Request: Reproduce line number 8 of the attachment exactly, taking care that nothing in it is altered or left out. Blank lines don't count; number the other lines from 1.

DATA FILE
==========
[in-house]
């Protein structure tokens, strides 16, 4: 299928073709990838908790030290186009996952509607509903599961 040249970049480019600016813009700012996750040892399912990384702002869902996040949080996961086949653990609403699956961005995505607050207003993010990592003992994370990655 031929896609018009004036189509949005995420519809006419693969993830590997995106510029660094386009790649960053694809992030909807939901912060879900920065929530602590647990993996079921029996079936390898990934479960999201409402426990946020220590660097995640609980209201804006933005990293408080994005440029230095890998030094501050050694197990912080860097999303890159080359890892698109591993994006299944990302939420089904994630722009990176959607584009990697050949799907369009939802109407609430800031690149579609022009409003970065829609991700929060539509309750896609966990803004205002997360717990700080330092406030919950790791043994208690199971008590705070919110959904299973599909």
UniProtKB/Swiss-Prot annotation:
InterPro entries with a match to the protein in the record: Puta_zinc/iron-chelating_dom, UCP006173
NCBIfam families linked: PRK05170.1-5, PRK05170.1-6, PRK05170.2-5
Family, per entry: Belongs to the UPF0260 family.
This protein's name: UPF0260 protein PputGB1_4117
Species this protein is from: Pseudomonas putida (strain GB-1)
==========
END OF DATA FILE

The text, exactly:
Species this protein is from: Pseudomonas putida (strain GB-1)